Are the Sixers resigned to their fate?

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Are the Sixers resigned to their fate?

The game had just ended, along with the series and the season. Sixers owners Joshua Harris and Adam Aron were walking through the TD Bank North Garden in Boston when they ran into Celtics head coach Doc Rivers. Rivers told them, after seven games, he was glad his guys wouldn’t have to fight their guys any longer. It was a compliment. Harris and Aron nodded in appreciation.

That was last year. It seems like much longer ago.

The Celtics came to Philadelphia on Tuesday. This Boston team and this Sixers team are vague versions of the squads that battled during the playoffs last season. The Celtics were without Rajon Rondo. The Sixers were without a lot of things, including (but not limited to) hope.

The Celtics beat the Sixers, 109-101. It was the Sixers' ninth loss in their last 10 games.

“You’d think we would win that game,” Collins said, reading off numbers from the stat sheet.

The Sixers had seven players score in double figures. Jrue Holiday (18 points, 10 assists) and Thaddeus Young (19 points, 10 rebounds) both had double-doubles. The team posted 64 points in the paint, and Arnett Moultrie gave them a solid effort (19 minutes, 10 points). And they still lost. It has how the season has gone for the Sixers. Nothing works out even when it looks like it should.

Before the game, an out-of-town writer asked Doug Collins if he was worried about the way the season has gone and the way it might continue to deteriorate considering the brutal upcoming schedule. It was a fair question.

The Sixers (23-36) have 23 games remaining -- 15 of those (including 12 of the final 16) are on the road. During the slog, they must play at Atlanta, Miami, the L.A. Clippers, Denver, Utah, Atlanta again, Miami again, Brooklyn and Indiana. It is cause for concern.

Collins paused before answering. He didn’t seem to like the question or the attendant implication.

“Worry,” he replied, “is the greatest thief of joy.”

OK. But considering what’s ahead, the Sixers should be worried. In terms of worry stealing joy, the schedule should act as the Ocean’s Eleven crew -- it should heist all their joy right out from under them.

Collins’ needn’t worry, though. His guys don’t seemed worried, and they don’t appear to lack for joy. In the run-up to the Celtics game, several players were sitting around the locker room laughing about Swaggy P’s "Shaggy P." After the game, a couple of players laughed out loud just as the media entered the locker room. Another reporter watched the scene unfold, then remarked that the Sixers appeared in pretty good spirits for a team that’s only won 23 times.

Maybe the pressure -- to the extent that there was any on this team -- is off the Sixers now. The expectations placed upon them after acquiring Andrew Bynum have been lifted since the center has missed the entire season and recently said he isn’t sure that he’ll play at all this year. Between Bynum’s off-court saga and the team’s on-court struggles, the Sixers are so far from the playoffs that they’d need a high-powered telescope just to get a fuzzy glimpse. At some point, perhaps they looked around and accepted their situation.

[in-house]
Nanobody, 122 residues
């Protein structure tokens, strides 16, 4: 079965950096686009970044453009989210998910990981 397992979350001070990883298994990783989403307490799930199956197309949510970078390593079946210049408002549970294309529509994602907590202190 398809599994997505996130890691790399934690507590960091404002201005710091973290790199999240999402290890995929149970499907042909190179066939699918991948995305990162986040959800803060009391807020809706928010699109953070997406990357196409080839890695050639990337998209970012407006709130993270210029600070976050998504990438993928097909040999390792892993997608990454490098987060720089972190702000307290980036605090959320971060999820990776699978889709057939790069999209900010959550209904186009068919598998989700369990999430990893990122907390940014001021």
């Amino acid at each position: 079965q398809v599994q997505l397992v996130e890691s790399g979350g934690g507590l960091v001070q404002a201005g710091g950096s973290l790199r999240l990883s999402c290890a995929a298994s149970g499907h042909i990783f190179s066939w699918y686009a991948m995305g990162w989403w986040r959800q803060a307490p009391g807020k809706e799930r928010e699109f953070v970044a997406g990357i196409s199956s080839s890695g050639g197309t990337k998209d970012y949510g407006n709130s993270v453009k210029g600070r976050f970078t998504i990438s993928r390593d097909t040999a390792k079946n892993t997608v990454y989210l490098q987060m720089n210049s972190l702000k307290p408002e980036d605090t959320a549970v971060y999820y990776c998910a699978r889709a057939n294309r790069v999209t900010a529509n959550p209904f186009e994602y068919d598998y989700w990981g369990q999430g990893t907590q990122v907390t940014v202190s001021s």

After all, even Collins -- who has repeatedly said the Sixers will try to win every game the rest of the way despite the fact that losing would help them load up on precious ping pong balls -- entertained a question about potentially being excluded from the postseason.

“Anytime you miss the playoffs, it should hurt,” Collins allowed. “When anytime the season is over and you go home and you turn on the playoff games and you’re not part of it, that should be very painful. All the guys want to make the playoffs. There’s not a guy in our locker room that doesn’t want to be in the playoffs. Our guys, I feel badly for them, what they’ve had to go through this year with the injuries and everything like that has been very tough. We’ve lost Jrue for some games and Thad the games he missed I think we were 1-9. We lost Swaggy. We lost two starters. We traded away a lot.

"You know, the plans that we had this year for this season, we really haven’t been able to see that. There’s no excuses. Nobody is going to make any excuses for anybody. We just haven’t had a chance to see that. I think our guys have done a nice job fighting through that. They’ve given all they can give.”

Joel Embiid, Sixers prove plenty with benchmark win over Raptors

Joel Embiid, Sixers prove plenty with benchmark win over Raptors

BOX SCORE

The Sixers weren’t supposed to beat the Raptors, were they? This was going to be an “easy” game for the visiting team, which was coming to Philadelphia on a back-to-back that started in Brooklyn. The Raptors are a playoff team, and second in the Eastern Conference at that. Not to mention, they had defeated the Sixers in their last 14 meetings.

Maybe easy would have been the case the last time the two teams played back in mid-December. For the Sixers, though, things have changed since then and a 94-89 win over the Raptors on Wednesday proved this recent success is not fleeting (see Instant Replay).

“I don’t think it’s a fluke,” Joel Embiid said. “We’re competing. We’re winning games. We’re playing great defense. We finally found what we’ve been looking for.”

The Sixers had been missing clearly-defined roles and a defensive identity (see story). Now that Brett Brown has whittled down his roster to 10 players and laid out a starting five and second unit, the team has been gelling in those two aspects. The Sixers have won seven out of their last nine games, with the Raptors being the highest caliber of competition.

The Raptors entered the game averaging 111.5 points per game, first in the East and third in the NBA behind only the Warriors and Rockets. They had scored less than 100 points in just seven games this season. Additionally, the Raptors had been held to under 90 points by a single opponent: the Spurs. Not bad company to be in. 

Embiid led all players with 26 points (including 12 for 14 from the free throw line) to go with nine rebounds (see highlights). The Sixers staved off 25 points (11 for 21 from the field), six assists and three rebounds from DeMar DeRozan and 24 points (11 for 16 from the line), four rebounds, four assists and five steals from Kyle Lowry, who fouled out. The Raptors shot 25 percent from three and 65.2 percent at the free throw line.  

“We’re playing with a spirit, we’re playing with a defensive mindset,” Brown said. “There is a belief within each other amongst the team that is the best that it’s been since I’ve been here.”